He holds an official simulator role with the team, similar to the position he was highly regarded for at Red Bull, but his focus so far has been more on “sim data and general correlation” and time even doing that has been slashed by the pandemic.
F1’s paddock ‘bubble’ system for reducing COVID-19’s spread has meant Ticktum has not been able to interact with Williams during F2 race weekends either, which “is a bit annoying” for the 21-year-old. However, this has freed more time all round for him to concentrate on his own race efforts with F2’s reigning champion team.
“It did feel a little bit [like coming home]. I’ve got to say thank you to DAMS and to [team manager] Francois Sicard for giving me the opportunity to be able to race for a top team in F2. Because I think I may have got a seat in F2, but with respect, maybe not in a top team. So I was very, very happy to get that seat. Not surprised, but just happy.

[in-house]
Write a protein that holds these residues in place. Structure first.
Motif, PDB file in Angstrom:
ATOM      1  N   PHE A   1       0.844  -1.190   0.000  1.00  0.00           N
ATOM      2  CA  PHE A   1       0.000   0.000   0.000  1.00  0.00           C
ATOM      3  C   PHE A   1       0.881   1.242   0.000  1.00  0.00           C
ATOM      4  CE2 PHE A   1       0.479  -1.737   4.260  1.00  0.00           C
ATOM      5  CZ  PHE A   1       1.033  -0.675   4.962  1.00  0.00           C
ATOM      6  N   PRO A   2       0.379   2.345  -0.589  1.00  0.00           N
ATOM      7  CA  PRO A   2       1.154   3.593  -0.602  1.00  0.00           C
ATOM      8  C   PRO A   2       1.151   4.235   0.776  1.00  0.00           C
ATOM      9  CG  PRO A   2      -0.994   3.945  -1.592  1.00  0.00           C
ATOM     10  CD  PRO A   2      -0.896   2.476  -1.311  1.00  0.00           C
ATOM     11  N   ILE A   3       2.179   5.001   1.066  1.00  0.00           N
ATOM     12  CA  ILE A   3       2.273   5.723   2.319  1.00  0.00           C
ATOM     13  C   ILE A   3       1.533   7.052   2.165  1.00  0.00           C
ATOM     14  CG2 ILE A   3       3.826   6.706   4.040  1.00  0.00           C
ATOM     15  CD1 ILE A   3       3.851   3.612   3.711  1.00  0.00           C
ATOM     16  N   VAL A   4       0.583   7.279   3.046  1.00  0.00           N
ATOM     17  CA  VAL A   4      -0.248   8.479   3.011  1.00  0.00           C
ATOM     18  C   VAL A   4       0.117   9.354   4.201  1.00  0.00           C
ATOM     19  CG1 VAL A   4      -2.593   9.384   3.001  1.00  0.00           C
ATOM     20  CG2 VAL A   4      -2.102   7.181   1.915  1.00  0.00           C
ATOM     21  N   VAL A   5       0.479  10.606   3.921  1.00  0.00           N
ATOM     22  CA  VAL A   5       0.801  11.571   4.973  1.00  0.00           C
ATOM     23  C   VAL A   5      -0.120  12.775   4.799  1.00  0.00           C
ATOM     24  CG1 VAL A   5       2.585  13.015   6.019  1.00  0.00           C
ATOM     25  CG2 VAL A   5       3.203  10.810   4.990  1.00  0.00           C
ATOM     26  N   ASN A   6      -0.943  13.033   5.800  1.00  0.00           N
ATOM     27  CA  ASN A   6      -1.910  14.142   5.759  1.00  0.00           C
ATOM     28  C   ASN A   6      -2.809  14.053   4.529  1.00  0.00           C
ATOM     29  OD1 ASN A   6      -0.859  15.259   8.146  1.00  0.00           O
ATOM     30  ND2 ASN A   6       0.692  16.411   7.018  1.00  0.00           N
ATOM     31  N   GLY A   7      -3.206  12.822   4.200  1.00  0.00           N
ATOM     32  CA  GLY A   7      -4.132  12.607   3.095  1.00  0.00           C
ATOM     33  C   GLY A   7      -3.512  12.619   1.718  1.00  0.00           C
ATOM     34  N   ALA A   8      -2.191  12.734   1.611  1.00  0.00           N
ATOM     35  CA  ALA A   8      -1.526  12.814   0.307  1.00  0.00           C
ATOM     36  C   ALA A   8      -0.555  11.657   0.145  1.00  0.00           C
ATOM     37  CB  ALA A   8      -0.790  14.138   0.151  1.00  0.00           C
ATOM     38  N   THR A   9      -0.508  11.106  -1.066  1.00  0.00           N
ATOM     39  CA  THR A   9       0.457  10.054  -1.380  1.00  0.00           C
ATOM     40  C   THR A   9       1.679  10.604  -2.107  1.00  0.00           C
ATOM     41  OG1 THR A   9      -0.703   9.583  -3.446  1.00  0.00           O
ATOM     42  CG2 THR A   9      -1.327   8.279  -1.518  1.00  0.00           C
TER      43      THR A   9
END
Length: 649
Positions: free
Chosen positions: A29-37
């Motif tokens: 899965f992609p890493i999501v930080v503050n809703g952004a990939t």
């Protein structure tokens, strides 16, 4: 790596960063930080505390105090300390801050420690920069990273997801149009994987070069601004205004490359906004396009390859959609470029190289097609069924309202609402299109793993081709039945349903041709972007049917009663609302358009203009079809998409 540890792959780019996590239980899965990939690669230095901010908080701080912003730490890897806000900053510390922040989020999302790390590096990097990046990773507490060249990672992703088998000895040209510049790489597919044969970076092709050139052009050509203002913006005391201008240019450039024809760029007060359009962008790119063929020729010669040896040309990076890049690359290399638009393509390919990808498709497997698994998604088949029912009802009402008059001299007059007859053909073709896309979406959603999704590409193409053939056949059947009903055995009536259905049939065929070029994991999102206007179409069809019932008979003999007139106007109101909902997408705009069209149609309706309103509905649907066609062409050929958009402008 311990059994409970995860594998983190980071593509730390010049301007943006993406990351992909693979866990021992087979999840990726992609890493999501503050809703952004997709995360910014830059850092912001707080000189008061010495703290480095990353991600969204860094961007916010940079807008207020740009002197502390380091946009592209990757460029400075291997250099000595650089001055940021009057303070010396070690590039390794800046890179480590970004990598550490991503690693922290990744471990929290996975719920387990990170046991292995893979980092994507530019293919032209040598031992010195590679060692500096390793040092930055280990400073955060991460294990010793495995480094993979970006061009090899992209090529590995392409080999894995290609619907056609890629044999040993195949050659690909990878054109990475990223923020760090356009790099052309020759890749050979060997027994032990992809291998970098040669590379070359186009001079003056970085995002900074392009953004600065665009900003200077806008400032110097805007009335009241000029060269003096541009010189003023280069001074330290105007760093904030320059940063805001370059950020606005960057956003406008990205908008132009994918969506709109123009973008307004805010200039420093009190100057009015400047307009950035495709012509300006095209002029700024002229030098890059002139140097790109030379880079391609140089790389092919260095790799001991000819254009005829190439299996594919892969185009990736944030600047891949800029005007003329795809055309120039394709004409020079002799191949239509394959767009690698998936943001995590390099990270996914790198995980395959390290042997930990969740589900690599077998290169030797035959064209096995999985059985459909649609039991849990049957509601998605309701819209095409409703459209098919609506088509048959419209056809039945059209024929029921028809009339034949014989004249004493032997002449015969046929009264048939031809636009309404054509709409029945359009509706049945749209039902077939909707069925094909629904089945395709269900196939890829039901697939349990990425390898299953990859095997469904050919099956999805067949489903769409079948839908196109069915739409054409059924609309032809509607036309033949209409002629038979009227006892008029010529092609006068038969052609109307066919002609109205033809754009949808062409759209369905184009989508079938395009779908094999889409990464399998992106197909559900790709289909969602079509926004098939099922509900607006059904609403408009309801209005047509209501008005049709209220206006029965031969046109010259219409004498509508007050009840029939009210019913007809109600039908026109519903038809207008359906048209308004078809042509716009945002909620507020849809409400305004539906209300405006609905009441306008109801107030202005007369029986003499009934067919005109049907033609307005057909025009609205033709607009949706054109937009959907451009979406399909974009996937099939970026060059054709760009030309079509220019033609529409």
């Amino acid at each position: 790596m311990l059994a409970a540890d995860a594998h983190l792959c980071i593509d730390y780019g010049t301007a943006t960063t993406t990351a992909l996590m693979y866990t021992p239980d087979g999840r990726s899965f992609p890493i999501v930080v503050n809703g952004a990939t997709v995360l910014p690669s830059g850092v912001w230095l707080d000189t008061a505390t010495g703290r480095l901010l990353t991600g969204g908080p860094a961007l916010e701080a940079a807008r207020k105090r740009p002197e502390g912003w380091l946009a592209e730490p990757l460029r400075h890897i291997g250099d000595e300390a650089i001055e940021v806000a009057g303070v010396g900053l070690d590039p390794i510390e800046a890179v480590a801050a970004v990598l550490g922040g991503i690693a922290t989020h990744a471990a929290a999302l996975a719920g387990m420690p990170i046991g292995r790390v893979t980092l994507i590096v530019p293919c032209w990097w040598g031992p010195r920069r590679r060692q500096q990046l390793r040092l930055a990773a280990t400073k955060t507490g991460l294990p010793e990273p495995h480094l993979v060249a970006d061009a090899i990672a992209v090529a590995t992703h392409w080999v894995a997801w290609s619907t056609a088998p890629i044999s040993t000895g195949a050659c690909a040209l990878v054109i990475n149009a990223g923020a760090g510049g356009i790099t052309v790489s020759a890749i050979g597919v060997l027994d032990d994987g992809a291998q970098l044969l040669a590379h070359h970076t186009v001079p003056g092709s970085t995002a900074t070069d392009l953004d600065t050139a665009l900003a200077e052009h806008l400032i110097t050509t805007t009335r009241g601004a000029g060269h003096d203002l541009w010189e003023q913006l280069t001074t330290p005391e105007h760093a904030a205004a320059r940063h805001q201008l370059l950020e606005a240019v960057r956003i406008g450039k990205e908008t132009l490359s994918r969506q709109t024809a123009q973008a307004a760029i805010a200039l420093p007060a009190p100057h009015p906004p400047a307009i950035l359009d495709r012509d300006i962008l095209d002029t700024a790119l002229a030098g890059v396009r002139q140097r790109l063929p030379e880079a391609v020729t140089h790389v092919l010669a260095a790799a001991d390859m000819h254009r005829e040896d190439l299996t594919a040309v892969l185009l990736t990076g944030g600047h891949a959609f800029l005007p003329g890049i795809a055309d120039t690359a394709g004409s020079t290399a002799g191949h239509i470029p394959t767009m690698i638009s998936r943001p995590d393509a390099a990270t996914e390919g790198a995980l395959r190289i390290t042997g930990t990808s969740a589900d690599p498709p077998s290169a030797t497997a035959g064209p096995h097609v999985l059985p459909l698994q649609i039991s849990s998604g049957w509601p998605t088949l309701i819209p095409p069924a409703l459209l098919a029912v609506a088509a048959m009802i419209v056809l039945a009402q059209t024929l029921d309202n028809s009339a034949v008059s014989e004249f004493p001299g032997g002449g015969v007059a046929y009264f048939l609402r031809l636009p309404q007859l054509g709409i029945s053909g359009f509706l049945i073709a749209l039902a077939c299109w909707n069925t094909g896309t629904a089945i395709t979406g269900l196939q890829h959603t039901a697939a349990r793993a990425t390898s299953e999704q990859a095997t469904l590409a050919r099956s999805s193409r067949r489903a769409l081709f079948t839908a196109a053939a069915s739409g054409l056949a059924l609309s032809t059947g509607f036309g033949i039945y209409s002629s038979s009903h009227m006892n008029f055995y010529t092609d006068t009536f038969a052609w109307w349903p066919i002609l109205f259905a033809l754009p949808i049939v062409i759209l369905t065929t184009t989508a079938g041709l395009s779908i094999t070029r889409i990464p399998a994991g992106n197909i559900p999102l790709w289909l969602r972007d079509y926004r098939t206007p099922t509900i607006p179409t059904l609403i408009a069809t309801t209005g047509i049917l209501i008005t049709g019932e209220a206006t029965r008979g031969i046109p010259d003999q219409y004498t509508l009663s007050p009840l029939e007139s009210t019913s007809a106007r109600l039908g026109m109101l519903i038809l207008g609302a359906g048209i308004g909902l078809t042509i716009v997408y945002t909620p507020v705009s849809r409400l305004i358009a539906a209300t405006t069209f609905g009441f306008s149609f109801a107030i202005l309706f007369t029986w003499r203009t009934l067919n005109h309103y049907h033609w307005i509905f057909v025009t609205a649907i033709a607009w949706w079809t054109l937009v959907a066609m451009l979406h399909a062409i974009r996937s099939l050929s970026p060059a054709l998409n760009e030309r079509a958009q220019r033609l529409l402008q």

“I think because of what I did for them, like in GP3, they sort of knew the real me, whereas a lot of people still don’t.”
Ticktum took a podium with DAMS in a part-time GP3 campaign in 2017, and subtituted for the ill Nicholas Latifi in F2 pre-season testing in 2018. At the start of this season, Sicard said Ticktum had become a “mature sportsman” since his return. Had Ticktum actually changed his approach for the new year, or was it just people looking past his reputation and picking up on an approach that had been present for a far longer time?
“More of the latter I would say,” admits Ticktum. “It’s just people starting to actually realise I’m not what I was when I was 15.
“What I did when I was 15 was a mistake. I wasn’t a particularly bad person then. But it was just what I did was a mistake.
“Unfortunately, my reputation has been that ever since. But I mean, it’s life. The more teams I go to and the more people seem to realise sort of what I’m about, and that I do work hard with the team when I need to, and everything like that. Noel Miller actually made the best saying to sum up what people view of me: A lot of people talk about me, but no one talks to me.”
This was evident when F2 broadcasted one of Ticktum’s radio messages during racing at Silverstone, and led to snowballing controversy before he even knew it had been shared with the world.